Empowering the IRS in Combating Identity Theft


The National Taxpayer Advocate, Nina Olsen says the main reason people go to her office is to seek help because their identities have been stolen. Identity theft is a growing crime that results in stolen tax refunds and fraudulent tax claims. In response, the IRS has taken steps to curb the menace. Out of the approximately 100 million tax returns the IRS processes each year, the agency has detected 940,000 fraudulent tax returns in 2010 and avoided paying out $6.5 billion to suspected identity thieves.

Congress has also taken measures to stop identity theft by passing sterner laws to punish these criminals. The penalties for being caught stealing other people’s identities have been increased. But how effective such increased penalties will be remains to be seen. Chances are they will not have much effect in reducing the crime in the immediate or near future.

While the efforts of the IRS are laudable, it is worth noting that according to a report by the Treasury Inspector General for Tax Administration (TIGTA), an additional 1.5 million fraudulent returns, amounting to more than $5.2 billion in fraudulent refunds slipped through the cracks and the identity thieves got away scot free.

Commenting on this matter, Ms. Olson said, “organized and not-so-organized criminals have sought to profit off the tax system by submitting bogus refund claims and often by stealing and utilizing the identity of another taxpayer. Each year, the IRS’s task in identifying these claims has become more challenging, with the inevitable result that some fraudulent claims are never identified and many legitimate claims are mistakenly held up, imposing significant burden on honest taxpayers.”

Often identity thieves submit multiple fraudulent tax returns through e-filing, using someone else’s name and Social Security number (SSN) and they do so early, most times earlier than the legitimate taxpayer himself or herself. When the real taxpayer submits his or her return, the IRS would reject the submission because the agency had already received a submission under that person’s name and SSN. By the time this takes place, the criminal would have already received the tax refund deposited into his or her bank account electronically by the IRS.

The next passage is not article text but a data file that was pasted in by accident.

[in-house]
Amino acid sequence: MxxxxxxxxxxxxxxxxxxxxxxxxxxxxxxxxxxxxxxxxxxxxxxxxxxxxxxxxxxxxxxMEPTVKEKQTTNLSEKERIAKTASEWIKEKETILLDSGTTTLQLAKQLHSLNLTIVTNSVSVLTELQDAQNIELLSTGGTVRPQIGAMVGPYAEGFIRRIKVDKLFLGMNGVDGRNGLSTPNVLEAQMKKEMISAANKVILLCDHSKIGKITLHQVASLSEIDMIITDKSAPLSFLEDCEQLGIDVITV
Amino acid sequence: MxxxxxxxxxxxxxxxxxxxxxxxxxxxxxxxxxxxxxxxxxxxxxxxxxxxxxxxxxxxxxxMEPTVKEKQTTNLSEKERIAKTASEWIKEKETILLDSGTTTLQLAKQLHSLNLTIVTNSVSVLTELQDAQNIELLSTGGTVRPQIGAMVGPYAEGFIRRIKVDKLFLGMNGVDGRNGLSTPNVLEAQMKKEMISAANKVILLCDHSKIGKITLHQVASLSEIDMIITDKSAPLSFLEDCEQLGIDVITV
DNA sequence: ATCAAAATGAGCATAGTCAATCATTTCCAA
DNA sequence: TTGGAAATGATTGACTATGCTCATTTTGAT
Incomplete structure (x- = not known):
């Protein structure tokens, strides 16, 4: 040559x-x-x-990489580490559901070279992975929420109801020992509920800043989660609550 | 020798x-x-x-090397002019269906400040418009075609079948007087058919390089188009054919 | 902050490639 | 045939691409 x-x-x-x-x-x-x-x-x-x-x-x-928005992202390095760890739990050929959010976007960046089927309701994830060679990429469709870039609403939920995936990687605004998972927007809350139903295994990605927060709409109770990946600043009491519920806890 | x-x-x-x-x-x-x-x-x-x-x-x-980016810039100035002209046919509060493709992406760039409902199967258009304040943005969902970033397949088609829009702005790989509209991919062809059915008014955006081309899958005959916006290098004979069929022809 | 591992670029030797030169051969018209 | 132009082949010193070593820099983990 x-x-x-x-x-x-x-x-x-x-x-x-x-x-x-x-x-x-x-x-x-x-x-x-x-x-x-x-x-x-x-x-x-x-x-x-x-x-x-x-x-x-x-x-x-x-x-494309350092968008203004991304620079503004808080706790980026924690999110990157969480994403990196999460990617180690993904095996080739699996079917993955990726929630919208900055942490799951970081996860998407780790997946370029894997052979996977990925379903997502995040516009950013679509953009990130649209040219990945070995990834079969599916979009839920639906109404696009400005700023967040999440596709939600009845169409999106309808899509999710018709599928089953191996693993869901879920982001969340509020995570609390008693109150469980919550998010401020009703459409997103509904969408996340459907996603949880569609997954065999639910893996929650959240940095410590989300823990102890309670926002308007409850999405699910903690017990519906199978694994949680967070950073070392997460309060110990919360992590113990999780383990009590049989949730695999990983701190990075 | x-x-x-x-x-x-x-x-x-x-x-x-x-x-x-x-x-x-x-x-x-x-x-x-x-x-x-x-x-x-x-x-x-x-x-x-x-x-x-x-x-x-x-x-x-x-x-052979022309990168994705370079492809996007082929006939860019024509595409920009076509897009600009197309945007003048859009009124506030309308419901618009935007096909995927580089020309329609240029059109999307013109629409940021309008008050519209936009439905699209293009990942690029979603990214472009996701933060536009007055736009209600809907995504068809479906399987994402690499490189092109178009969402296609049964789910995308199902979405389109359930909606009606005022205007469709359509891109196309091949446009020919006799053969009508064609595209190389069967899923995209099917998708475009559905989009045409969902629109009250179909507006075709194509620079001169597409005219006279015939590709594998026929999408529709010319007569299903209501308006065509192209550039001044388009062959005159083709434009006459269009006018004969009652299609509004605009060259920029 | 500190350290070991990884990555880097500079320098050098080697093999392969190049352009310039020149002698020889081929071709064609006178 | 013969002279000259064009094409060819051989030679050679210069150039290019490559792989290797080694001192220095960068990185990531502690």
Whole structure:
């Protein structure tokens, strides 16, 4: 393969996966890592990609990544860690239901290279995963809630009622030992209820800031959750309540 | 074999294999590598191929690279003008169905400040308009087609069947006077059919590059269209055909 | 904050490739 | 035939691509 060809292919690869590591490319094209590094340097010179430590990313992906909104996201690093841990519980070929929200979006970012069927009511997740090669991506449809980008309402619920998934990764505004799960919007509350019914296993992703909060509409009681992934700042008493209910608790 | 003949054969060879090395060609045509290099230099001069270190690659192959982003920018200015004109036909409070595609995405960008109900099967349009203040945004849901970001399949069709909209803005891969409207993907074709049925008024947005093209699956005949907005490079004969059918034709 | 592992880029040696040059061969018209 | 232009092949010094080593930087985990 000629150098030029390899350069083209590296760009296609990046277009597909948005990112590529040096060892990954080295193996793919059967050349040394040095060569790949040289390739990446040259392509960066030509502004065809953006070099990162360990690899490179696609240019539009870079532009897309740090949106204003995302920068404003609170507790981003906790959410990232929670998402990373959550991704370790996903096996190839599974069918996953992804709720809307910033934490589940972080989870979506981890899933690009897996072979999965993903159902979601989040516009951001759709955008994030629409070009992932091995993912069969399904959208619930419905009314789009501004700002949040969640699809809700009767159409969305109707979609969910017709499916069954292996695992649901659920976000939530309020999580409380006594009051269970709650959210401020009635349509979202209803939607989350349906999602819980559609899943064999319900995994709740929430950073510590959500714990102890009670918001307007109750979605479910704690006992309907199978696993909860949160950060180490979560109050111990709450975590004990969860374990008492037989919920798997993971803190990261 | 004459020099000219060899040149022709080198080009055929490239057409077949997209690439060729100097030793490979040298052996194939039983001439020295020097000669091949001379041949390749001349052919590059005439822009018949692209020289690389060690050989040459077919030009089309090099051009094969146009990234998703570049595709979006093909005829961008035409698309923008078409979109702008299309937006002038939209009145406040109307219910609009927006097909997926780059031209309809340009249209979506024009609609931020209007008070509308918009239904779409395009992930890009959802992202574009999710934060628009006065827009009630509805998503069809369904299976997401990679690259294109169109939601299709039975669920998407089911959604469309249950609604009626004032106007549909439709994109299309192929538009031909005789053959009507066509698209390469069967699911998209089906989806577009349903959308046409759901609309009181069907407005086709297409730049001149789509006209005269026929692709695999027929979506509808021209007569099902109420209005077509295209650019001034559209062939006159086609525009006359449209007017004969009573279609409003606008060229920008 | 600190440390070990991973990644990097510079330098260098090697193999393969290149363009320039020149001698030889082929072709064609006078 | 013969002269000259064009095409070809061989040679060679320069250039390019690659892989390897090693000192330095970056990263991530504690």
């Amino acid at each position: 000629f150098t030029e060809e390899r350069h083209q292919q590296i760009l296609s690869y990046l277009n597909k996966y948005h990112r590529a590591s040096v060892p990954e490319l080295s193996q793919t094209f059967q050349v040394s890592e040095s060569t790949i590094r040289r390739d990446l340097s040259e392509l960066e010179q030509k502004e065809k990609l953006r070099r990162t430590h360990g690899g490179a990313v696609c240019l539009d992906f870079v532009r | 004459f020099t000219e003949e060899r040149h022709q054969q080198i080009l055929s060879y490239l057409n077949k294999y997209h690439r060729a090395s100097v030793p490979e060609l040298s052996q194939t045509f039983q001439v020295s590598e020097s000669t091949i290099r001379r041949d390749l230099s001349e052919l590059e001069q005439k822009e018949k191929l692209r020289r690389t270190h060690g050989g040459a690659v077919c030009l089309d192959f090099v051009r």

Having their budget cut by Congress does not help the IRS combat identity theft at all. This year’s IRS budget was reduced by about $300 million. Despite this, the IRS has reported that they have identified 2.6 million fraudulent refund claims this year, many arising from identity theft. This was due to an increasing the number of personnel focusing on identity theft, distributing PINs to prior victims, and technological improvements. But the reverse side of this is that the increased scrutiny has resulted in delays in refund claim processing.

So maybe the better thing to do to empower the IRS in combatting identity theft would be to increase the agency’s budget and thereby allow them to put in more personnel and effort into fighting this crime.


DISCLAIMER: Because of the generality of this update, the information provided herein may not be applicable in all situations and should not be acted upon without specific legal advice based on particular situations.

© Darrin Mish, Tampa Tax Attorney, The Law Offices of Darrin Mish, P.A. | Attorney Advertising

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